The Hindu



With at least 129 people dead by Saturday evening and many more wounded, Paris will keep counting its dead for a while. It may take longer yet to come to grips with the scale of the tragedy that took so many lives on Friday night, people out in the City of Lights for a concert, a meal, a football game, a stroll even. The terrorists had chosen their targets with chilling care, picking sites where strangers share an unspoken camaraderi­e. The aim was to do more than take innocent lives — it was to provoke an us-versus-them retaliatio­n, to make its people and visitors fearful of going about their everyday routines and enjoyment. Paris has the strength of spirit to carry on as the great city it is. Just as India saw Mumbai bounce back, even as it mourned the toll of 26/11. Great cities and ordinary people do that — they dig deep into reserves of shared humanity. So, as the world asserts solidarity with the French and the families of the victims, it does so also with the expectatio­n that such attacks will not succeed in their aim to harden hearts.

However, there can be no doubt that, on Friday, Islamic State threw down the gauntlet to government­s in a more threatenin­g fashion than could have been expected. The attacks are the latest in a series of massacres the group has carried out in different countries. But if the Ankara bombing in early October that killed about 100 people and Thursday’s Beirut bombing that killed at least 40 were carried out on the periphery of the “Caliphate”, with the Paris attacks the IS jihadists have demonstrat­ed their capability to strike anywhere. The rapid rise of the terror profile of this group, which is more of a death cult than a terrorist organisati­on, should send alarm bells ringing in world capitals. IS says the attacks were its response to the French air strikes in Syria. But there’s nothing new in such explanatio­ns. Jihadist groups that kill ordinary citizens often blame the victims’ government­s to justify the ghastly acts they commit. But in reality, they drive a project that is rooted in extreme violence and hatred. But that doesn’t mean the French government should be spared from criticism.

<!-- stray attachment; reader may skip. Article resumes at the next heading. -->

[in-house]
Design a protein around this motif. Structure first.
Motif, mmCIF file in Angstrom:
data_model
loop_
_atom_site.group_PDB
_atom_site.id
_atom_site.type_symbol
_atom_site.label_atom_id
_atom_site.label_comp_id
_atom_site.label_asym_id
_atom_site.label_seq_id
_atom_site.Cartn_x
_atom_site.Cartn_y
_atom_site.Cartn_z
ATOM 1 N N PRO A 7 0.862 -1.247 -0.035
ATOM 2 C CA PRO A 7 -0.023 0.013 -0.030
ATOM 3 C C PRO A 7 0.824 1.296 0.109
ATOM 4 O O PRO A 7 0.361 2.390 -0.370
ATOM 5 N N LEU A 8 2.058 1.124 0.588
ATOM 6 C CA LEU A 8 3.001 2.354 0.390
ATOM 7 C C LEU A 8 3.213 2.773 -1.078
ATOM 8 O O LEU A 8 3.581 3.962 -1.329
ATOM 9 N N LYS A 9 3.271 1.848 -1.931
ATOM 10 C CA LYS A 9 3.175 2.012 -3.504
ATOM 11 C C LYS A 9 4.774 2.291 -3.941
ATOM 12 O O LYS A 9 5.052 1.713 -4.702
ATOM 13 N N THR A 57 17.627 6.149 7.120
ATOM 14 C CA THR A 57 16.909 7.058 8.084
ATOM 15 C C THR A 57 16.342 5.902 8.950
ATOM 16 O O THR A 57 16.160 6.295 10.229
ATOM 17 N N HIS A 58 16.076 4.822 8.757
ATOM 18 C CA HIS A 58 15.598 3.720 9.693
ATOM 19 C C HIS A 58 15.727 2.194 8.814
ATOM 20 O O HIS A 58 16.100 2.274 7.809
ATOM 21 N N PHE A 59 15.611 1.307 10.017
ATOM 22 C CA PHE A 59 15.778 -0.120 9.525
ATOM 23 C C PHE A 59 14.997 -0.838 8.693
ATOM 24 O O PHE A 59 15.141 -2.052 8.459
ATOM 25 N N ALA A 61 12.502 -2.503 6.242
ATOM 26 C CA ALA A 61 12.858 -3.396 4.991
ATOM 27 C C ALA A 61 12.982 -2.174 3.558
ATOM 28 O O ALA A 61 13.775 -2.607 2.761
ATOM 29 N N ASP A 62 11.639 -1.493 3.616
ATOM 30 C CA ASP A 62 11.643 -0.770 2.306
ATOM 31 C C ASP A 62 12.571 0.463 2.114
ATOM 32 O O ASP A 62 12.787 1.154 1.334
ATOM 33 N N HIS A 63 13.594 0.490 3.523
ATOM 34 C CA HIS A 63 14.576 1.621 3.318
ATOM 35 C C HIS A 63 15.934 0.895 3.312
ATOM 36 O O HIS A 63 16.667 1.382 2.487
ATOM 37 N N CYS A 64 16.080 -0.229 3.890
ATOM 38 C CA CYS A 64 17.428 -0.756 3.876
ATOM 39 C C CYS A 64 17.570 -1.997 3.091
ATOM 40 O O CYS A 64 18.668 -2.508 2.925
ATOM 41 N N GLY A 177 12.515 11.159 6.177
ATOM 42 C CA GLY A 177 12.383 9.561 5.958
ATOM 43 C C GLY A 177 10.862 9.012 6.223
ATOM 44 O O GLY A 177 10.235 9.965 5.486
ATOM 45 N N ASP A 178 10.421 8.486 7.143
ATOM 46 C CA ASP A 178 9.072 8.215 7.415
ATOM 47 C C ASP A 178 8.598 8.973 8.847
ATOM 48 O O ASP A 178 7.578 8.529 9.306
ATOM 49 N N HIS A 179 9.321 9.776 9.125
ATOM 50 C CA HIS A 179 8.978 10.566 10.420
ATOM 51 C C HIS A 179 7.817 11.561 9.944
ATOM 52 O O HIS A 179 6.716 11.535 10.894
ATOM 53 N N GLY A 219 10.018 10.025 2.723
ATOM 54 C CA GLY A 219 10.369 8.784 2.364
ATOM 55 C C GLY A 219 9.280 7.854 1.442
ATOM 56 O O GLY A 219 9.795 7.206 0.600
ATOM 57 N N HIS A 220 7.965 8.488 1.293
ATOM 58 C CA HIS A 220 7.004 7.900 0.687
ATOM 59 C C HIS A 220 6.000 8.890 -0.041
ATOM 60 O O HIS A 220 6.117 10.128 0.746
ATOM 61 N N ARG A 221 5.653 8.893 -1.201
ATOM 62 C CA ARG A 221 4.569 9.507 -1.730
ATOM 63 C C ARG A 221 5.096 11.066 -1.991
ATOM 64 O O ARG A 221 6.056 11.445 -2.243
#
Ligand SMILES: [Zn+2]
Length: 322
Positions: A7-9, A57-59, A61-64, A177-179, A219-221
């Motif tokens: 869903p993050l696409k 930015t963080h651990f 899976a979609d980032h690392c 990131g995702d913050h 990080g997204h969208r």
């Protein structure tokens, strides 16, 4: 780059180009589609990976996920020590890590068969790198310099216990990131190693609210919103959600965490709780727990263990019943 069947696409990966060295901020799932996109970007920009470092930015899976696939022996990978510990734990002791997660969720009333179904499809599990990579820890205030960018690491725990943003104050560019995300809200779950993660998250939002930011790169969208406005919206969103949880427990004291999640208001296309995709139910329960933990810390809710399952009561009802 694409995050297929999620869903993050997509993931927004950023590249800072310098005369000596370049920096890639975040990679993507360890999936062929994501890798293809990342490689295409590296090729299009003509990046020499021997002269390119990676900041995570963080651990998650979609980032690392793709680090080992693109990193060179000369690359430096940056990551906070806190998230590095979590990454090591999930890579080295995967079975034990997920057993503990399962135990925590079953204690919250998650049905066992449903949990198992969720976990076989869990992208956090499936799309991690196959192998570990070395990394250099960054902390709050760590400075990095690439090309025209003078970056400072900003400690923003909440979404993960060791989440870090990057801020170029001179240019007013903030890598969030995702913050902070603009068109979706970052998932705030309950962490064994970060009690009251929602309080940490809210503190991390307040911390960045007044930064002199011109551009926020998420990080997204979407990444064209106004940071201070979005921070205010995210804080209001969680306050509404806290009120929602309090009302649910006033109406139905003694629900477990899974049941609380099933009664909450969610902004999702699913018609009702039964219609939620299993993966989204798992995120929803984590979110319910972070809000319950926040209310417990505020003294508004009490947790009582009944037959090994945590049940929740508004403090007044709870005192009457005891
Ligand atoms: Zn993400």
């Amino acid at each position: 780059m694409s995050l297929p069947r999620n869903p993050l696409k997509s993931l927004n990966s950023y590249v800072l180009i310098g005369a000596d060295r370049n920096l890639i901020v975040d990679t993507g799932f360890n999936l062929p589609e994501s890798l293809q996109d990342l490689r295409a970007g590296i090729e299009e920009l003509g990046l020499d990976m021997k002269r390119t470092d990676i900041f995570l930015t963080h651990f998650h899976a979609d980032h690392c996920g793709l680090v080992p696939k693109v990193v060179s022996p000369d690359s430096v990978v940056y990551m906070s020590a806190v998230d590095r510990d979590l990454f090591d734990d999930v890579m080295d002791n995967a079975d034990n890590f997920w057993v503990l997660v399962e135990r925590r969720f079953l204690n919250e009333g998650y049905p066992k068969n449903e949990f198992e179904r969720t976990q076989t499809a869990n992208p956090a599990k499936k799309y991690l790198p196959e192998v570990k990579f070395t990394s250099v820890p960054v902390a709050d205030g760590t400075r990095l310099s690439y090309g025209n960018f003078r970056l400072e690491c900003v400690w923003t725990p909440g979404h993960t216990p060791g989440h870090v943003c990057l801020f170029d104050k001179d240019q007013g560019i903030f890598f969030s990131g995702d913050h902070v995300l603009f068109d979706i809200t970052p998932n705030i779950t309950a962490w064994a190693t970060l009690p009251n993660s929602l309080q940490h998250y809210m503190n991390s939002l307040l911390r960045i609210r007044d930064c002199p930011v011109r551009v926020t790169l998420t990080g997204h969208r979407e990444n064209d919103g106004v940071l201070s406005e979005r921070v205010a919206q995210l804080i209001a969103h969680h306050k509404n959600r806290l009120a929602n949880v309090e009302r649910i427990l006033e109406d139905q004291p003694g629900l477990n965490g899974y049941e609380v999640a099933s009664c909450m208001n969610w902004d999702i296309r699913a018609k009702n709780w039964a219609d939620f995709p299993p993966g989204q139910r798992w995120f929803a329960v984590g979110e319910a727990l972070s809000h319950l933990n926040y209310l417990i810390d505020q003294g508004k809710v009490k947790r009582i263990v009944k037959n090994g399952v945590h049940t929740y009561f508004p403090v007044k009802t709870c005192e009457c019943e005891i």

Paris’s Syria policy has actually contribute­d to the destabilis­ation of the West Asian country that created circumstan­ces for the rise of groups such as IS. Even if France has started bombing IS targets in Syria, Paris was in the forefront of the countries that backed different rebel groups in Syria against the government of President Bashar al-Assad. France has been hosting a group of Syrian opposition leaders since the outbreak of the civil war in that country. It could have used its influence to facilitate a political settlement in Syria that would restore statehood in the war-ravaged country and eventually strengthen the war against IS. It didn’t, and thereby helped escalate the conflict. Additional­ly, France should seriously ask itself why radical groups are finding recruits from its soil. The collapse of French multicultu­ralism and an increasing­ly narrow interpreta­tion of secularism in France have only added to the radicalisa­tion of youths in the country. The Charlie Hebdo attackers were an example. They were born, raised and radicalise­d in Paris. The French government should adopt a comprehens­ive policy to tackle the question of terror. It should tighten the loose ends of its security and intelligen­ce networks, rework its foreign policy towards West Asia that has largely been counter-productive, and broaden the state concepts of secularism to rebuild the nationalis­t consciousn­ess that would bring all sections of French society into the national mainstream. What it shouldn’t do is to cave in to the rightist anti-immigrants and anti-Muslim groups; that would widen the cleavages that already exist in the society. That is exactly what the terrorists would want.

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